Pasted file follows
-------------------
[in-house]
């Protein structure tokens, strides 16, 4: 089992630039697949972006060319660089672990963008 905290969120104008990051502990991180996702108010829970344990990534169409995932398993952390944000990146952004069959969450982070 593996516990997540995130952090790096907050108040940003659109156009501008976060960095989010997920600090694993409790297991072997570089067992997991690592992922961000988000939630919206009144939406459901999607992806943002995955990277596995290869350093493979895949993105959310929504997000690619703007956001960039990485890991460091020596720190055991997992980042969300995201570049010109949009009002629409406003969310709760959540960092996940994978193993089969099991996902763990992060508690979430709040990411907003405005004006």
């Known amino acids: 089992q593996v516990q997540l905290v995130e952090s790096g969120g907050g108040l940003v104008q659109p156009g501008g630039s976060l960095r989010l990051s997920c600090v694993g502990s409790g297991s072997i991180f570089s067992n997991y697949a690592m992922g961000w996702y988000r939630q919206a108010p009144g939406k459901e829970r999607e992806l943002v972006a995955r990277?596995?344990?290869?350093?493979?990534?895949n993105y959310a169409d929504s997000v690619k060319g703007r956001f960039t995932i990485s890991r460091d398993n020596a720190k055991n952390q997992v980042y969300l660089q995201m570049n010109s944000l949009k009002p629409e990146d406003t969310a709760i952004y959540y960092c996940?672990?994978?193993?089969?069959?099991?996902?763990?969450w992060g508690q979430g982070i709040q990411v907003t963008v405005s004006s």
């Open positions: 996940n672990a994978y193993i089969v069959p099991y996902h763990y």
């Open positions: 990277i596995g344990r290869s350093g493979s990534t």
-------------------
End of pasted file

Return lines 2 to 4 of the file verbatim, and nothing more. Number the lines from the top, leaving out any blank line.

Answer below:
């Protein structure tokens, strides 16, 4: 089992630039697949972006060319660089672990963008 905290969120104008990051502990991180996702108010829970344990990534169409995932398993952390944000990146952004069959969450982070 593996516990997540995130952090790096907050108040940003659109156009501008976060960095989010997920600090694993409790297991072997570089067992997991690592992922961000988000939630919206009144939406459901999607992806943002995955990277596995290869350093493979895949993105959310929504997000690619703007956001960039990485890991460091020596720190055991997992980042969300995201570049010109949009009002629409406003969310709760959540960092996940994978193993089969099991996902763990992060508690979430709040990411907003405005004006």
């Known amino acids: 089992q593996v516990q997540l905290v995130e952090s790096g969120g907050g108040l940003v104008q659109p156009g501008g630039s976060l960095r989010l990051s997920c600090v694993g502990s409790g297991s072997i991180f570089s067992n997991y697949a690592m992922g961000w996702y988000r939630q919206a108010p009144g939406k459901e829970r999607e992806l943002v972006a995955r990277?596995?344990?290869?350093?493979?990534?895949n993105y959310a169409d929504s997000v690619k060319g703007r956001f960039t995932i990485s890991r460091d398993n020596a720190k055991n952390q997992v980042y969300l660089q995201m570049n010109s944000l949009k009002p629409e990146d406003t969310a709760i952004y959540y960092c996940?672990?994978?193993?089969?069959?099991?996902?763990?969450w992060g508690q979430g982070i709040q990411v907003t963008v405005s004006s």
């Open positions: 996940n672990a994978y193993i089969v069959p099991y996902h763990y």